Comments

2

Just one picture? I was looking forward to more of the parade.

3

Isn’t there a word for drawing voting districts to elect a certain type of person?
Gerry…something

4

SPS intentionally doesn't ask the questions because they know the answers...and the answers don't ideologically fit. People can see the collapse in educational quality, especially gifted kids, and are walking away as fast as they can. Once they formally kill the HC program by "bringing it back to the local schools" while "there will be no special curriculum for HC/AL students" (actual text from our school's principal) the vanishing act will get worse. The school now has 500 kids, half-time art, half-time music, half-time librarian, half-time AP, and a student/teacher ratio of 24/1 or worse, depending on grade. Kids spend over an hour a day unsupervised on iPads to free up the teacher to do things. This year the bleed to HC/Private is 20% going into next year, and that's an off-cycle year. Hate to see K to 1.

And yes, before you say "buh, buh....buh Equity!!!!", there is exactly no one equitizing the folks at Lakeside Acadamy, or Overlake, etc... Middle-class parents are trying to give their kids a shot at competing with those kids in life. SPS views middle-class kids as state funding checks to be equitized, and if those kids get less, even better, it is also equity.

Needless to say, we bailed. If you can't beat 'em (private school families), join 'em. And thus another state check vanishes, and the budget gap gets worse. And the downward spiral continues. Eventually, engaged parents without the means to escape start demanding charter schools to avoid the worst issues with SPS. At this point, short of a total realignment of priorities and cleaning house of all the worthless educrats at HQ, SPS is headed to the lovely state of other major city programs like DCPS, a parking lot of the families that can't escape.

5

@4
Huzzah!

6

Aramis dear, My neighbor has two sons who went all through Seattle Public Schools. The older one (Garfield) got his degree from UW in three years and is starting grad school in the fall. His best friend (also Garfield) got his degree from NYU. The younger one (Franklin) just finished his freshman year at WWU.

In fact, now that I think of it, all of my friends and co-workers who had kids in the Seattle Public Schools have done well academically in their college years, but the schools are only as good as the parents.

7

Natalie, you'd probably feel differently about Graffiti "artists" if they desecrated something you cared about. They desecrate lots that I care about - board-formed concrete, stone veneer, brick, tile. Their crap can't be removed.

Inside a railroad tunnel? That's about the best place I can think of. In the dark 99% of the time, and no one sees it.

8

@6 Catalina, dear, things have changed a LOT since the kids who are now in college went there. Hell, things have changed a LOT in the six years since we reviewed the school while looking for neighborhoods moving out here and now. Try a wayback machine for the school websites circa 2017 and today, you'll see the scrub on gifted and talented programs. Kids today will not be getting the education kids of even 5 years ago got.

9

If you want good schools, you have to spend money on them. If you insist on starving your schools' budget, you're going to get shitty results.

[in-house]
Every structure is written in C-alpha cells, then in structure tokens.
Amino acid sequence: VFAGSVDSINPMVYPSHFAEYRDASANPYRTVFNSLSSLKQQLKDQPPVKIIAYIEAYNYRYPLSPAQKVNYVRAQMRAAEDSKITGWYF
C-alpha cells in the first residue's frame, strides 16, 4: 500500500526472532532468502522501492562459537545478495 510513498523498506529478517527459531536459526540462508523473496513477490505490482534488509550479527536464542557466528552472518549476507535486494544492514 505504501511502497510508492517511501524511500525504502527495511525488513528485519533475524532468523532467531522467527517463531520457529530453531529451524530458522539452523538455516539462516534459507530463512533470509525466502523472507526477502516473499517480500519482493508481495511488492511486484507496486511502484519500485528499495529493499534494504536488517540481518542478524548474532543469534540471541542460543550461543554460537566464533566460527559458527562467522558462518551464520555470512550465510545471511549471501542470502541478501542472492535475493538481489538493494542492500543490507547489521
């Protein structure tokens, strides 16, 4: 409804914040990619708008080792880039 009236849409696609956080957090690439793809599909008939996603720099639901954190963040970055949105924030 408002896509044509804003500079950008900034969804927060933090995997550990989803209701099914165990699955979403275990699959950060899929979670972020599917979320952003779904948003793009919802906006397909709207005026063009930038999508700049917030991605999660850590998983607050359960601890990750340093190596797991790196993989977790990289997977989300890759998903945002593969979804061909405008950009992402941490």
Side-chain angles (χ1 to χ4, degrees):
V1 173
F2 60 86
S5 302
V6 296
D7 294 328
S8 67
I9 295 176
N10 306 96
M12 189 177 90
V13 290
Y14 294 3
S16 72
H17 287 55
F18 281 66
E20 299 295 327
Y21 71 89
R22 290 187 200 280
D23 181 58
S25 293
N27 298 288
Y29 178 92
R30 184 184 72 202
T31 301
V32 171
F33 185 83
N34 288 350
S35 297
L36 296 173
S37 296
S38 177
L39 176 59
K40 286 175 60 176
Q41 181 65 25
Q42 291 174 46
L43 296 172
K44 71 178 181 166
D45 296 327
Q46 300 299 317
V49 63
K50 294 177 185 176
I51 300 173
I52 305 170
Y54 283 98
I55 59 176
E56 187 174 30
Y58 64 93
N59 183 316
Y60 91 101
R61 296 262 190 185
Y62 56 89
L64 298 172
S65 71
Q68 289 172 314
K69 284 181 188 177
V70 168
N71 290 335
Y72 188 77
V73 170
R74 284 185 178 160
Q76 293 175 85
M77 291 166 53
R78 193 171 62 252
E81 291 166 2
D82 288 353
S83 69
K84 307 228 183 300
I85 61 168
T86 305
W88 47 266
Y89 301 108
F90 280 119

Quit being such a Scrooge about it. It's for the kids.

10

@9 WA spends the 7th most per pupil in the country and has the 5th highest average teacher salary. The amount of money dedicated to education is more than half the state budget. Pouring more money into a system that is not working will not fix it. When McCleary was passed a majority of the money was funneled into teacher salaries. That is great for teachers but doesn't necessarily translate to better education outcomes. The second issue is the state allocates funding on a per pupil basis so as student populations decline district funding is reduced which makes the problem worse (especially for districts like Seattle which signed a massive union contract last year that they already knew they couldn't afford).

Schools today aren't set up to focus on educational outcomes, they are too worried about solving societal issues and dealing with a lot of the social issues kids are dealing with post Covid. There was just an op ed in the Times last month from a parent who opined parents should send their kids to school based on social justice goals rather than strive for the best education. That's idealistic and naive but it represents a lot of the thinking in our schools today.

11

@10: I don’t know where you obtained those statistics, but Washington State is not in the top ten states in spending per pupil:

“The ten states with the highest per pupil spending are: New York ($24,040), District of Columbia ($22,759), Connecticut ($20,635), New Jersey ($20,021), Vermont ($19,400), Alaska ($17,726), Massachusetts ($17,058), New Hampshire ($16,893), Pennsylvania ($16,395), and Wyoming ($16,224).”

(https://worldpopulationreview.com/state-rankings/per-pupil-spending-by-state)

If DC is not considered a state, then Washington is 17th; otherwise, it ranks at #18 on that list.

(I’m not arguing that Washington’s performance is unacceptable, especially to Seattle and Bellevue, which send so much money to Olympia.)

12

More on that Pride bruhaha in Franklin, Tennessee – a very conservative Christian, affluent, very Republican small town that’s more or less a white people’s retreat from Nashville. Really. It’s still very much Buford Beauregard Whatever.

The mayor, who in some newspaper accounts comes off as a voice-of-reason overriding the religious zealots who wanted to ditch Pride in Franklin (The children! The children! And those satanic drag shows!), was not a brave politician. He limited activity to private land, he insisted the Pride committee have no drag shows, and he warned the committee the smallest infraction would result in the yanking of the permit and his guarantee that Franklin would never have another Pride event.

So this morning I’m thinking about the whole reason why we commemorate that ruckus up in Greenwich Village back in 1969 – the summer of Stonewall and Woodstock. The drag community had had it with random police harassment, with “wipe that shit off your face,” with “take off that wig and dress, queer.” This was happening in our own ratty, little spaces, mostly Mafia-owned, even after payoffs to the police. Here they’d come with their clubs and their whistles and their handcuffs, until someone, then many said, “Uh-uh, no. We aren’t gonna take this shit anymore!”